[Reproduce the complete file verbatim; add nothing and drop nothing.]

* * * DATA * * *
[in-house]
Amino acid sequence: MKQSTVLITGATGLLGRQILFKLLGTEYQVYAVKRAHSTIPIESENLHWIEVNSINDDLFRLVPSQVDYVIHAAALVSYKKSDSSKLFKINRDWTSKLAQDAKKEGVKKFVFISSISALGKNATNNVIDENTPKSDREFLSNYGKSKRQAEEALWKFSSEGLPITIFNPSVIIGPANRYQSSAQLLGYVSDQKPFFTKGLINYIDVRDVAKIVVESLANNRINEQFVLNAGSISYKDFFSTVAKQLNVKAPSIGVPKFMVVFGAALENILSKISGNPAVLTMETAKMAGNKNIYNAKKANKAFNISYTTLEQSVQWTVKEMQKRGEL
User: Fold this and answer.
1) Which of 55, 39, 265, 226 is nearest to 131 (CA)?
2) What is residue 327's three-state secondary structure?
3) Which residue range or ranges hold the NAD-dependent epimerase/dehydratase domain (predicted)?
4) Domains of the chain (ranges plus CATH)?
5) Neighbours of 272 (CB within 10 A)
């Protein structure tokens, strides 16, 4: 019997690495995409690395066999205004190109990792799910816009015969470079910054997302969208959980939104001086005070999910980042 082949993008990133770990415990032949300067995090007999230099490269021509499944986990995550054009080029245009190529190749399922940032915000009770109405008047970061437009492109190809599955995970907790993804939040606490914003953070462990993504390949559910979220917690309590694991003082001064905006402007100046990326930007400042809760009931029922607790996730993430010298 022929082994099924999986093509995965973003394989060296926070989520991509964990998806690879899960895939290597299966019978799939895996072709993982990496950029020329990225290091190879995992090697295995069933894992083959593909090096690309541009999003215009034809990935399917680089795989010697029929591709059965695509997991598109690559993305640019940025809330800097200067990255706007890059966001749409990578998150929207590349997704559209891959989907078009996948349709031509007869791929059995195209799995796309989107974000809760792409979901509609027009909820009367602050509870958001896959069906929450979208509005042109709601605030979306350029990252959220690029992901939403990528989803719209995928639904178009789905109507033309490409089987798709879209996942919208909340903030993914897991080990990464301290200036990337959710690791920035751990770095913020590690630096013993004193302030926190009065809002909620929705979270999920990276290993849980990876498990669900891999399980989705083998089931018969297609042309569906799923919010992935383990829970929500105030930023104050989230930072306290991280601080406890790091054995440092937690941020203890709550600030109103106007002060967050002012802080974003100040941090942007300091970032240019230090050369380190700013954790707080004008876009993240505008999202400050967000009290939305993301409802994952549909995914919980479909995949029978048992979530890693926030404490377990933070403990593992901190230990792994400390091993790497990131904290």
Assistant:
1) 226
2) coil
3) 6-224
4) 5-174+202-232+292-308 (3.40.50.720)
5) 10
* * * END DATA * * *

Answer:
[in-house]
Amino acid sequence: MKQSTVLITGATGLLGRQILFKLLGTEYQVYAVKRAHSTIPIESENLHWIEVNSINDDLFRLVPSQVDYVIHAAALVSYKKSDSSKLFKINRDWTSKLAQDAKKEGVKKFVFISSISALGKNATNNVIDENTPKSDREFLSNYGKSKRQAEEALWKFSSEGLPITIFNPSVIIGPANRYQSSAQLLGYVSDQKPFFTKGLINYIDVRDVAKIVVESLANNRINEQFVLNAGSISYKDFFSTVAKQLNVKAPSIGVPKFMVVFGAALENILSKISGNPAVLTMETAKMAGNKNIYNAKKANKAFNISYTTLEQSVQWTVKEMQKRGEL
User: Fold this and answer.
1) Which of 55, 39, 265, 226 is nearest to 131 (CA)?
2) What is residue 327's three-state secondary structure?
3) Which residue range or ranges hold the NAD-dependent epimerase/dehydratase domain (predicted)?
4) Domains of the chain (ranges plus CATH)?
5) Neighbours of 272 (CB within 10 A)
């Protein structure tokens, strides 16, 4: 019997690495995409690395066999205004190109990792799910816009015969470079910054997302969208959980939104001086005070999910980042 082949993008990133770990415990032949300067995090007999230099490269021509499944986990995550054009080029245009190529190749399922940032915000009770109405008047970061437009492109190809599955995970907790993804939040606490914003953070462990993504390949559910979220917690309590694991003082001064905006402007100046990326930007400042809760009931029922607790996730993430010298 022929082994099924999986093509995965973003394989060296926070989520991509964990998806690879899960895939290597299966019978799939895996072709993982990496950029020329990225290091190879995992090697295995069933894992083959593909090096690309541009999003215009034809990935399917680089795989010697029929591709059965695509997991598109690559993305640019940025809330800097200067990255706007890059966001749409990578998150929207590349997704559209891959989907078009996948349709031509007869791929059995195209799995796309989107974000809760792409979901509609027009909820009367602050509870958001896959069906929450979208509005042109709601605030979306350029990252959220690029992901939403990528989803719209995928639904178009789905109507033309490409089987798709879209996942919208909340903030993914897991080990990464301290200036990337959710690791920035751990770095913020590690630096013993004193302030926190009065809002909620929705979270999920990276290993849980990876498990669900891999399980989705083998089931018969297609042309569906799923919010992935383990829970929500105030930023104050989230930072306290991280601080406890790091054995440092937690941020203890709550600030109103106007002060967050002012802080974003100040941090942007300091970032240019230090050369380190700013954790707080004008876009993240505008999202400050967000009290939305993301409802994952549909995914919980479909995949029978048992979530890693926030404490377990933070403990593992901190230990792994400390091993790497990131904290």
Assistant:
1) 226
2) coil
3) 6-224
4) 5-174+202-232+292-308 (3.40.50.720)
5) 10